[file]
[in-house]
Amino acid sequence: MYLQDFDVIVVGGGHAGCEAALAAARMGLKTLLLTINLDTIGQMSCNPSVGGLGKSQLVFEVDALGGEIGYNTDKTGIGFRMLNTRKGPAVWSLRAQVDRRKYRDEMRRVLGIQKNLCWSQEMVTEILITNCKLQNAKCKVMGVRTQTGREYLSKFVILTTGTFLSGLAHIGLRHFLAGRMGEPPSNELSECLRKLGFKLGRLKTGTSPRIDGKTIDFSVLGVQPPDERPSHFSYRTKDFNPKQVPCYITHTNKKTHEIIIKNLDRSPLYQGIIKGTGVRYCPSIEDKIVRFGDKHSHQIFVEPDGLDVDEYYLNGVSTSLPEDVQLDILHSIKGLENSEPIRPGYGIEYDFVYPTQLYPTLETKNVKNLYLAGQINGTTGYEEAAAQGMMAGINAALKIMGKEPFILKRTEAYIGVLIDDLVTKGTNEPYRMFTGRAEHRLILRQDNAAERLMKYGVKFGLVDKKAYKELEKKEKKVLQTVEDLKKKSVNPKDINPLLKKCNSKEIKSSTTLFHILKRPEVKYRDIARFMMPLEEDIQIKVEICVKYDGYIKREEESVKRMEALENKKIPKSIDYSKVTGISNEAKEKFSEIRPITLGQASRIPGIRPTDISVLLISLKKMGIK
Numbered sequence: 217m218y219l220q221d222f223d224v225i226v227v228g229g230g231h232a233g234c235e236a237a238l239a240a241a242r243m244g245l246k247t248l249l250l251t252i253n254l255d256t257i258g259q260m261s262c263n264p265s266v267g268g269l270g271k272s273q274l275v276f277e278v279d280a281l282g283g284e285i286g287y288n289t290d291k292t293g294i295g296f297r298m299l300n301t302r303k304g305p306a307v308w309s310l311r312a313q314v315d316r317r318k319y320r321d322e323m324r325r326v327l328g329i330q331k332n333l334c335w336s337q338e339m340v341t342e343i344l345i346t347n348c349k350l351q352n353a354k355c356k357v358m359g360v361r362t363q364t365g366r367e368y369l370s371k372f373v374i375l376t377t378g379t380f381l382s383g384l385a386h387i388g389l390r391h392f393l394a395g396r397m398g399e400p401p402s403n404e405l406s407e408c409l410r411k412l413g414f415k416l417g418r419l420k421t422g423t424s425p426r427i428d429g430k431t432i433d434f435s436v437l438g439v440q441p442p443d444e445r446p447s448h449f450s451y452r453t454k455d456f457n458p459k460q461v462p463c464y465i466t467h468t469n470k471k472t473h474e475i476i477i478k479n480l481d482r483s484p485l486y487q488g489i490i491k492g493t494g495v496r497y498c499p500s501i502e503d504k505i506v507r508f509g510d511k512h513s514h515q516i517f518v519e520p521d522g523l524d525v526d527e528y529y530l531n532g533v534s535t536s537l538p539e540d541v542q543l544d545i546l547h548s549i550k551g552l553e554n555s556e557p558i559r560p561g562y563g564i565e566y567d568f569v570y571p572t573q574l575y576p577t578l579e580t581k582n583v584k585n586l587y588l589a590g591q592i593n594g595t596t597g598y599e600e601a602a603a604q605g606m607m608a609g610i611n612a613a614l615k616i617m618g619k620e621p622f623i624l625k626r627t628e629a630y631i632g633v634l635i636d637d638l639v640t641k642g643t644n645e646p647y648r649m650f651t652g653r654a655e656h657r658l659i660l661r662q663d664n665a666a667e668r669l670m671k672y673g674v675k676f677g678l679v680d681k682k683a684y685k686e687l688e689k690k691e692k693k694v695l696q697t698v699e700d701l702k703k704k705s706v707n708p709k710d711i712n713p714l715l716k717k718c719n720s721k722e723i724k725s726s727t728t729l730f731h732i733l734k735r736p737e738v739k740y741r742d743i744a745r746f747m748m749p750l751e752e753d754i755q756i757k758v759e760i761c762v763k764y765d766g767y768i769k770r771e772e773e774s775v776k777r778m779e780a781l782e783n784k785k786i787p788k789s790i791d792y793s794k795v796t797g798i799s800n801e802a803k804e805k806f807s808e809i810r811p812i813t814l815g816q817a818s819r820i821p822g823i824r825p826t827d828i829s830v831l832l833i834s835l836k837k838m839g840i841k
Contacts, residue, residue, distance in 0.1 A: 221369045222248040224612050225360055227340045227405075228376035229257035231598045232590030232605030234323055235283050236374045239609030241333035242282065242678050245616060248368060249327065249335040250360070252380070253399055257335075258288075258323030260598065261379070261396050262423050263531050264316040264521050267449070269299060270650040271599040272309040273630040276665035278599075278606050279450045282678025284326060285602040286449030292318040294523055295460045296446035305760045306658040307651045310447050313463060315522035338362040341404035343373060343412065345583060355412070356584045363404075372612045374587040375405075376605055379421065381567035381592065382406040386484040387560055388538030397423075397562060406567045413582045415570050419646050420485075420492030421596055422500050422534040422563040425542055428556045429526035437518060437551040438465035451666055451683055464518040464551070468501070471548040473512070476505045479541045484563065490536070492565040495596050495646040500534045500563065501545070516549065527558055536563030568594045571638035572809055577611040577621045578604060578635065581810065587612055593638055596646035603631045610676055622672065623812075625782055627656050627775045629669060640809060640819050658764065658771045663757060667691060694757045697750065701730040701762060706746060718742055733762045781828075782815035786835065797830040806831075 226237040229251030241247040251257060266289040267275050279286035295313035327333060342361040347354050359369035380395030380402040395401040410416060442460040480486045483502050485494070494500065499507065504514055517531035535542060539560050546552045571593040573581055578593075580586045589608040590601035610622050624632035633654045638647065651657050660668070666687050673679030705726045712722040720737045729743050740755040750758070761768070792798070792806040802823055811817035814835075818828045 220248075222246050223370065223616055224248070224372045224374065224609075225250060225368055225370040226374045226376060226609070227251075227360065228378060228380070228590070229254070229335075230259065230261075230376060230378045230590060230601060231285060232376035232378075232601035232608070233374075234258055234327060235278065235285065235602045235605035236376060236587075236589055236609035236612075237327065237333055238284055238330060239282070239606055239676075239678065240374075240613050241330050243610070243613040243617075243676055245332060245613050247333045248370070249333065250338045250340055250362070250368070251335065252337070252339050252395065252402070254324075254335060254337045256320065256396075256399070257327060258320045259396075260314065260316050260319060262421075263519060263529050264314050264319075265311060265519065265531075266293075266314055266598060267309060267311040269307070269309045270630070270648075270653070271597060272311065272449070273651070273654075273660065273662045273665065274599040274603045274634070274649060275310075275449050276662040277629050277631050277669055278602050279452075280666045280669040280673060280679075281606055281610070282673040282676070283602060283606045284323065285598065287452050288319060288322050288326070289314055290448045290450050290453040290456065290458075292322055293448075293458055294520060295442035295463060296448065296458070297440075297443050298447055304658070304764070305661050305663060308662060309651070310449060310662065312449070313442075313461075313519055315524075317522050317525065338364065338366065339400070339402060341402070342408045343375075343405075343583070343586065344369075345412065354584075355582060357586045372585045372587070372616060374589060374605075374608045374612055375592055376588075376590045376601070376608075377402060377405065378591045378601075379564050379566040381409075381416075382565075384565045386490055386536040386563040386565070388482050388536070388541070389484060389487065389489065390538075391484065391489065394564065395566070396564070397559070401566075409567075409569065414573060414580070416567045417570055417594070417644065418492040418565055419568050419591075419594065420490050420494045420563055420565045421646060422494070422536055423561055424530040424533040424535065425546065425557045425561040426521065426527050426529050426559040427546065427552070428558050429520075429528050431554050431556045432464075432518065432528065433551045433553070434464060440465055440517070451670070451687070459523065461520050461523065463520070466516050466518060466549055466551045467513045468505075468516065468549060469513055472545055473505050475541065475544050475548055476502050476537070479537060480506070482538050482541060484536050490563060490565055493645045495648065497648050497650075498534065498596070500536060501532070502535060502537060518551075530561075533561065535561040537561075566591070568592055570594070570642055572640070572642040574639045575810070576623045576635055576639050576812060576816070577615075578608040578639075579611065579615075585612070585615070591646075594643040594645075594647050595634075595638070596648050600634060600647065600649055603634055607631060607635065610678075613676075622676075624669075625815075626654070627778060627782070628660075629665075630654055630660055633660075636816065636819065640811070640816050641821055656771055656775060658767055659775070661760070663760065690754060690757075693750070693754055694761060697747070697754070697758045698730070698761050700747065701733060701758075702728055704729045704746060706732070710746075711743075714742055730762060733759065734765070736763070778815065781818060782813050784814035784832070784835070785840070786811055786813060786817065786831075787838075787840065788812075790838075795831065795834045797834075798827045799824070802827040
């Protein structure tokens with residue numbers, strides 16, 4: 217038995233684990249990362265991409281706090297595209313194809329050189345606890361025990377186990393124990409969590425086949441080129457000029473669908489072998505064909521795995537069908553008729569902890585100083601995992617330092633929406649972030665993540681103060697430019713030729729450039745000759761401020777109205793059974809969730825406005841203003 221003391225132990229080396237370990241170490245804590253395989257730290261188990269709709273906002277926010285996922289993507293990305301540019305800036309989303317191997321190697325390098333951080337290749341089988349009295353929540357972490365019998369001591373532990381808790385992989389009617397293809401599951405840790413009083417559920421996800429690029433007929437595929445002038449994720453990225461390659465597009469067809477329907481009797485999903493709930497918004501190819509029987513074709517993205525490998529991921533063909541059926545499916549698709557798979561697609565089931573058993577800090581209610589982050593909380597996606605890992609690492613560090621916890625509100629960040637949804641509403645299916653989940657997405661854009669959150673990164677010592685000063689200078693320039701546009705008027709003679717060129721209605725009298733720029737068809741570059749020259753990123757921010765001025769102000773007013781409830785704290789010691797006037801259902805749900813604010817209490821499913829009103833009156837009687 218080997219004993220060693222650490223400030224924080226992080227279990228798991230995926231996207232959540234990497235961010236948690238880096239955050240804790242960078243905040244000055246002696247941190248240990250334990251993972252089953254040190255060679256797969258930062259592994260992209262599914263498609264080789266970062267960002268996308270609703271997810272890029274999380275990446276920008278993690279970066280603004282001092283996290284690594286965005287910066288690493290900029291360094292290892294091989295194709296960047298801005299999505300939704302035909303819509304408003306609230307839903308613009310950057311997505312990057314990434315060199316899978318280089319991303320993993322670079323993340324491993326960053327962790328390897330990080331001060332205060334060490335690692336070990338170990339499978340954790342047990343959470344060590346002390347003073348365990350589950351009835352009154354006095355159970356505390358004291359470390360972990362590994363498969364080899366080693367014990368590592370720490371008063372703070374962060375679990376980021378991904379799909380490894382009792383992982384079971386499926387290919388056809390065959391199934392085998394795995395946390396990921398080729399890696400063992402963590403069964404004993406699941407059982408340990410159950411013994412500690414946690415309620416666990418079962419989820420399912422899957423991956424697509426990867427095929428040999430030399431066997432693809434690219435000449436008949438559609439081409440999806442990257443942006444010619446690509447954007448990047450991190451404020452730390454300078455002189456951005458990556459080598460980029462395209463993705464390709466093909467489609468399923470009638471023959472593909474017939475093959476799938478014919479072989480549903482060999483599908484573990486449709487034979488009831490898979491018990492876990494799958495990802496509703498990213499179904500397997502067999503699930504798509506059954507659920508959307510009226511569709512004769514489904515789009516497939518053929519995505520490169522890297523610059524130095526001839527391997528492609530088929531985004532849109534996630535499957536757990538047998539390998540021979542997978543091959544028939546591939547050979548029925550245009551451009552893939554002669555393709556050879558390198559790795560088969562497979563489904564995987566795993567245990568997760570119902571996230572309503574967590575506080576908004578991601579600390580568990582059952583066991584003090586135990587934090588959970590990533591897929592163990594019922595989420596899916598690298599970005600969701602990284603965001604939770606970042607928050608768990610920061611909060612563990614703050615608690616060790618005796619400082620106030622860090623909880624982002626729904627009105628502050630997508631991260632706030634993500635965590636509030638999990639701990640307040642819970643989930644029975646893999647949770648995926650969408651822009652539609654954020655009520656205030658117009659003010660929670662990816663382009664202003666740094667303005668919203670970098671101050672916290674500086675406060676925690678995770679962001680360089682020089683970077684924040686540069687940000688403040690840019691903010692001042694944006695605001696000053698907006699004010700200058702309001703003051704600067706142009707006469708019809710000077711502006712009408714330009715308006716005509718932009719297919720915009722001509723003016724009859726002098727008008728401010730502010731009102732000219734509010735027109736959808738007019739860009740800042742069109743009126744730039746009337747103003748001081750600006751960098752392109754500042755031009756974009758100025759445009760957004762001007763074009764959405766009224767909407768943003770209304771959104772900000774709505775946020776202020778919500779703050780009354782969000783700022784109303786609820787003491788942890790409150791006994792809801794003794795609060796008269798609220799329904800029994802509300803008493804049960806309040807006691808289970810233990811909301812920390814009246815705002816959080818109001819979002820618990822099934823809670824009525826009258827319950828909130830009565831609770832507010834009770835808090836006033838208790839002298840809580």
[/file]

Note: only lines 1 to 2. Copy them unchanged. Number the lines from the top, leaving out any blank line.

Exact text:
[in-house]
Amino acid sequence: MYLQDFDVIVVGGGHAGCEAALAAARMGLKTLLLTINLDTIGQMSCNPSVGGLGKSQLVFEVDALGGEIGYNTDKTGIGFRMLNTRKGPAVWSLRAQVDRRKYRDEMRRVLGIQKNLCWSQEMVTEILITNCKLQNAKCKVMGVRTQTGREYLSKFVILTTGTFLSGLAHIGLRHFLAGRMGEPPSNELSECLRKLGFKLGRLKTGTSPRIDGKTIDFSVLGVQPPDERPSHFSYRTKDFNPKQVPCYITHTNKKTHEIIIKNLDRSPLYQGIIKGTGVRYCPSIEDKIVRFGDKHSHQIFVEPDGLDVDEYYLNGVSTSLPEDVQLDILHSIKGLENSEPIRPGYGIEYDFVYPTQLYPTLETKNVKNLYLAGQINGTTGYEEAAAQGMMAGINAALKIMGKEPFILKRTEAYIGVLIDDLVTKGTNEPYRMFTGRAEHRLILRQDNAAERLMKYGVKFGLVDKKAYKELEKKEKKVLQTVEDLKKKSVNPKDINPLLKKCNSKEIKSSTTLFHILKRPEVKYRDIARFMMPLEEDIQIKVEICVKYDGYIKREEESVKRMEALENKKIPKSIDYSKVTGISNEAKEKFSEIRPITLGQASRIPGIRPTDISVLLISLKKMGIK